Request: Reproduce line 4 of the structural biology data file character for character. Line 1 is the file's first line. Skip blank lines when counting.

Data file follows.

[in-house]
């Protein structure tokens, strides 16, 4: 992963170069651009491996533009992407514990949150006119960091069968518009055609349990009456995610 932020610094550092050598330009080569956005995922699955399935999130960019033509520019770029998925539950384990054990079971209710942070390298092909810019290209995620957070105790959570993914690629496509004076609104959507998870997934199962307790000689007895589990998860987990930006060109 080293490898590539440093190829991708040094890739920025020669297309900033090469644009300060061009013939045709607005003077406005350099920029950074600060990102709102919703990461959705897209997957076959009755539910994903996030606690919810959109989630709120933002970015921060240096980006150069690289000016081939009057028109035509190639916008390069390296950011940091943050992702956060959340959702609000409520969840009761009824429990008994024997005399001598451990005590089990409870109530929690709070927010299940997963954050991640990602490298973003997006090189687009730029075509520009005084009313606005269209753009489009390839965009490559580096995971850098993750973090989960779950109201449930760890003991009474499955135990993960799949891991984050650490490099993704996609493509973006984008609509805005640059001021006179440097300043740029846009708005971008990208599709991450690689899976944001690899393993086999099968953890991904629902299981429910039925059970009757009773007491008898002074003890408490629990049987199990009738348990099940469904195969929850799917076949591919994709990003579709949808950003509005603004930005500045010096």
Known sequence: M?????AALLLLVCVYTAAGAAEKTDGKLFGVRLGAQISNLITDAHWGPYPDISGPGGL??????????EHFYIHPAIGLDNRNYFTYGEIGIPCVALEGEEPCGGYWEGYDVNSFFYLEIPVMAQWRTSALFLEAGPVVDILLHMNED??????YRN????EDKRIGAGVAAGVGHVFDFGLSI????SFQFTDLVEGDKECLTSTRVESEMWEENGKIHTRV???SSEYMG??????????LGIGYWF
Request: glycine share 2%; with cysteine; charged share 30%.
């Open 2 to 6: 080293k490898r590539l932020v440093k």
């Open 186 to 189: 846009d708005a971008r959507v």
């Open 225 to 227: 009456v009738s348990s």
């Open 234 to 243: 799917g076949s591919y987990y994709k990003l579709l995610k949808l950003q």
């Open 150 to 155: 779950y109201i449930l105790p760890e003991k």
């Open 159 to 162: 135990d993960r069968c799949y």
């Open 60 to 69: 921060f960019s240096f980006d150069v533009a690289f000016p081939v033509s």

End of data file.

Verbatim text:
Request: glycine share 2%; with cysteine; charged share 30%.